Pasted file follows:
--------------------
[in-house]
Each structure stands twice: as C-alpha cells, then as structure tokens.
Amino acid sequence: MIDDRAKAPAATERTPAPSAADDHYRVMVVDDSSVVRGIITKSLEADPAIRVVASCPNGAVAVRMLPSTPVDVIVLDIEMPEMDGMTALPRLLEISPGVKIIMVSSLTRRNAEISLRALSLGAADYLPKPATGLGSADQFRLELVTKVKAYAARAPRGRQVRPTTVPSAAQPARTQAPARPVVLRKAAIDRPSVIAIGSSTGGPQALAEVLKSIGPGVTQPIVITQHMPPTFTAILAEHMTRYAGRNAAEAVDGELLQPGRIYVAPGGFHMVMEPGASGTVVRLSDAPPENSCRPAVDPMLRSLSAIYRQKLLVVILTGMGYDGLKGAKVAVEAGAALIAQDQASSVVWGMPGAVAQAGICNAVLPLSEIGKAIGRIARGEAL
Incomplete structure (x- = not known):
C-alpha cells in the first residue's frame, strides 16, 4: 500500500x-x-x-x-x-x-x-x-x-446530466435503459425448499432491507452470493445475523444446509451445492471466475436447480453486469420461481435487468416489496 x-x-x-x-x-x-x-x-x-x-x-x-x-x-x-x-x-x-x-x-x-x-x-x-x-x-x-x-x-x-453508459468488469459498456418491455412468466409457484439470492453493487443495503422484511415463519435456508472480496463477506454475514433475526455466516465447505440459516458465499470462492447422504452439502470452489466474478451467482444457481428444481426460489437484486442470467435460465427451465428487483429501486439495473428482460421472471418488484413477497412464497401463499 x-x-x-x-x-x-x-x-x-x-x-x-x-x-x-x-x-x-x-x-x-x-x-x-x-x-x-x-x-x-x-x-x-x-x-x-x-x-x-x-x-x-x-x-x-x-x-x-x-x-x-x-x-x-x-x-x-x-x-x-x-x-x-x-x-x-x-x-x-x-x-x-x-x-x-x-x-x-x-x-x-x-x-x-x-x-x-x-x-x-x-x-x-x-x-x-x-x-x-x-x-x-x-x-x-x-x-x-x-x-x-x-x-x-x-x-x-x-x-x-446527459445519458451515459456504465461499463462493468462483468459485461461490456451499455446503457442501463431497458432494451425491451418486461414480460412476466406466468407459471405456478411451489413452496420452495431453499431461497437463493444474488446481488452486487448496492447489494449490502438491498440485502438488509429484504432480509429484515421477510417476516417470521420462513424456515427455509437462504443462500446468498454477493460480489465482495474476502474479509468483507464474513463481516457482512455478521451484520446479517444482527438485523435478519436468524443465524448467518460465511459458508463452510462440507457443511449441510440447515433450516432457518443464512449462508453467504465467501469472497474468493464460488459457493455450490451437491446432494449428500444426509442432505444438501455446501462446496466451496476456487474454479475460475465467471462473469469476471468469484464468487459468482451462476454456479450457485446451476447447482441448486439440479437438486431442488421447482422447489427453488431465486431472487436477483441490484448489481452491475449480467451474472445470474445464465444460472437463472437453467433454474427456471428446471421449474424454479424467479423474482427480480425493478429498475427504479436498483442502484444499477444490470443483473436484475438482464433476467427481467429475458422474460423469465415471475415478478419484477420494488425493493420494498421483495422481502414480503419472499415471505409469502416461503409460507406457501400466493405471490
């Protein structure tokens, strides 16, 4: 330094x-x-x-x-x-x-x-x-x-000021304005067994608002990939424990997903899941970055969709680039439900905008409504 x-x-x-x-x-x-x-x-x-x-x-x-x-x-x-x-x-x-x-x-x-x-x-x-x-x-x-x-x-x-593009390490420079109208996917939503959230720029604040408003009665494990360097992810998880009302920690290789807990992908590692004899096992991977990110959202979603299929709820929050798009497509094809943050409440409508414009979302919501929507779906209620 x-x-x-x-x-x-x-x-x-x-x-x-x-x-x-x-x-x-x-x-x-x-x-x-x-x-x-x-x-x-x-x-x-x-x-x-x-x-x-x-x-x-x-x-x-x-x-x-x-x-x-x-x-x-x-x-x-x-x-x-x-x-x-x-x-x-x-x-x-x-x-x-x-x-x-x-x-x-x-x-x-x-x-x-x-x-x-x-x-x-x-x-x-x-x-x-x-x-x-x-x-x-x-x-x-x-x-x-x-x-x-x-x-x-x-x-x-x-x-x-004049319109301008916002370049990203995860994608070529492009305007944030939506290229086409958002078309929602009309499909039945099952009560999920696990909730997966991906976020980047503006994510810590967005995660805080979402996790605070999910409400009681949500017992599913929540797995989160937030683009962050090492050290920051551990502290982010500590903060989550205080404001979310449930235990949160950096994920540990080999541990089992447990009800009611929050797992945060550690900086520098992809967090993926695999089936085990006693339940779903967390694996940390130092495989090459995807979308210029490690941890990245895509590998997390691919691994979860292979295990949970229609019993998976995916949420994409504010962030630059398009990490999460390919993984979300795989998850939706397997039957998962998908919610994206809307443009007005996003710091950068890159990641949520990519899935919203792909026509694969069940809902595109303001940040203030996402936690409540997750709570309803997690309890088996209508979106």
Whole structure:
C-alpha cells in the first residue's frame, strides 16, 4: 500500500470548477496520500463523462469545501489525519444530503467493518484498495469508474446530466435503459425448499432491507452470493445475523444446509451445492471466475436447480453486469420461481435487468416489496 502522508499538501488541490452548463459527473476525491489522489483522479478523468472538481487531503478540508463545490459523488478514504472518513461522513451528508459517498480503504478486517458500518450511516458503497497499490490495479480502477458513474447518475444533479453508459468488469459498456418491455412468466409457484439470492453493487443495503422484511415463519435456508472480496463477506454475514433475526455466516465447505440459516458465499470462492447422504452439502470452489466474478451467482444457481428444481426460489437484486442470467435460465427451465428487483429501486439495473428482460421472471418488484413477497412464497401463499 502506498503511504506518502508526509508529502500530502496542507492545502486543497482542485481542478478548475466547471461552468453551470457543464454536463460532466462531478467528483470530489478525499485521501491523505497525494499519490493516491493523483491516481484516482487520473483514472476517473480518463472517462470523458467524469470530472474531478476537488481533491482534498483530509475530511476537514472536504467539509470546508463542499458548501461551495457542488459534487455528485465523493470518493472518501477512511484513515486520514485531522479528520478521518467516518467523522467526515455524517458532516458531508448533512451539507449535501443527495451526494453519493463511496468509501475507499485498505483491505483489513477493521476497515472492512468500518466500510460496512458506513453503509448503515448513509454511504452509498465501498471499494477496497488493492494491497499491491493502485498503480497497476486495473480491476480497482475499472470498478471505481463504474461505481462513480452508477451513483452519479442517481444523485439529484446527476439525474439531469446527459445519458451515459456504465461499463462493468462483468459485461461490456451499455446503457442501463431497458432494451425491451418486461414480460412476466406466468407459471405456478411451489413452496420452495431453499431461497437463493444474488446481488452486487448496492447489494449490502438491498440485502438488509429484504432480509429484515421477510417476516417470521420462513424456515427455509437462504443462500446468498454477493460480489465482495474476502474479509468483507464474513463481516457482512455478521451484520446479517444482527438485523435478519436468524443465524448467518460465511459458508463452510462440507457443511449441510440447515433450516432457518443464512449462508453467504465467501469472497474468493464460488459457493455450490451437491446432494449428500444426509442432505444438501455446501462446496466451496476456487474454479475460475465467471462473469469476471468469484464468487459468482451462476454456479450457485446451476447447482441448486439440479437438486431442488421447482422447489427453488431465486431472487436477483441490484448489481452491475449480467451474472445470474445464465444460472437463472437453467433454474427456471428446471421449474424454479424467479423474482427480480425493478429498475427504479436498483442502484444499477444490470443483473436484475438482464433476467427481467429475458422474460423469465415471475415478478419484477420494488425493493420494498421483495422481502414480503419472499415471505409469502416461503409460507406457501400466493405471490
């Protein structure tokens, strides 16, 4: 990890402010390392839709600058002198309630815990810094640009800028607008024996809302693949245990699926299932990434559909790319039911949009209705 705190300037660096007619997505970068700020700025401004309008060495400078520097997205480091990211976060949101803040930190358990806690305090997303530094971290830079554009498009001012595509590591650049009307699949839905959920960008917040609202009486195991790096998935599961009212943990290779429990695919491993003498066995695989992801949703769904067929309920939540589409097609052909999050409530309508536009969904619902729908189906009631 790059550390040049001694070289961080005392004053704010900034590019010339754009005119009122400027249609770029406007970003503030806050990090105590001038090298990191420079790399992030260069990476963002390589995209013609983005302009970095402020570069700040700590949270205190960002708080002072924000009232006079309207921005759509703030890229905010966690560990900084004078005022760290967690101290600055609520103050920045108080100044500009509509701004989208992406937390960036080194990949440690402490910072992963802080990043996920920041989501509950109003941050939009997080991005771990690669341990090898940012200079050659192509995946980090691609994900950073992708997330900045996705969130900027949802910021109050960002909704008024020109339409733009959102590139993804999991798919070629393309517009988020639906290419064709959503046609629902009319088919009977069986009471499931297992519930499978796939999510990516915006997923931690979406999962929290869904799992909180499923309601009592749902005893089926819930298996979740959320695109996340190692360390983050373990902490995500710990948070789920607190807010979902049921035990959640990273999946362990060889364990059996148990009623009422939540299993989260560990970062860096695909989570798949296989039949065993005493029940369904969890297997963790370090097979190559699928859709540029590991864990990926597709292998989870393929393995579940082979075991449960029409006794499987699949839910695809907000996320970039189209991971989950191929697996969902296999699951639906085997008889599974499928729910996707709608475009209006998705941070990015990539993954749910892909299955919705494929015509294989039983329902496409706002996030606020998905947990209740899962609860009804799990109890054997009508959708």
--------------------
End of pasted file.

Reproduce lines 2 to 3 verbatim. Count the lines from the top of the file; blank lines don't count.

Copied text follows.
Each structure stands twice: as C-alpha cells, then as structure tokens.
Amino acid sequence: MIDDRAKAPAATERTPAPSAADDHYRVMVVDDSSVVRGIITKSLEADPAIRVVASCPNGAVAVRMLPSTPVDVIVLDIEMPEMDGMTALPRLLEISPGVKIIMVSSLTRRNAEISLRALSLGAADYLPKPATGLGSADQFRLELVTKVKAYAARAPRGRQVRPTTVPSAAQPARTQAPARPVVLRKAAIDRPSVIAIGSSTGGPQALAEVLKSIGPGVTQPIVITQHMPPTFTAILAEHMTRYAGRNAAEAVDGELLQPGRIYVAPGGFHMVMEPGASGTVVRLSDAPPENSCRPAVDPMLRSLSAIYRQKLLVVILTGMGYDGLKGAKVAVEAGAALIAQDQASSVVWGMPGAVAQAGICNAVLPLSEIGKAIGRIARGEAL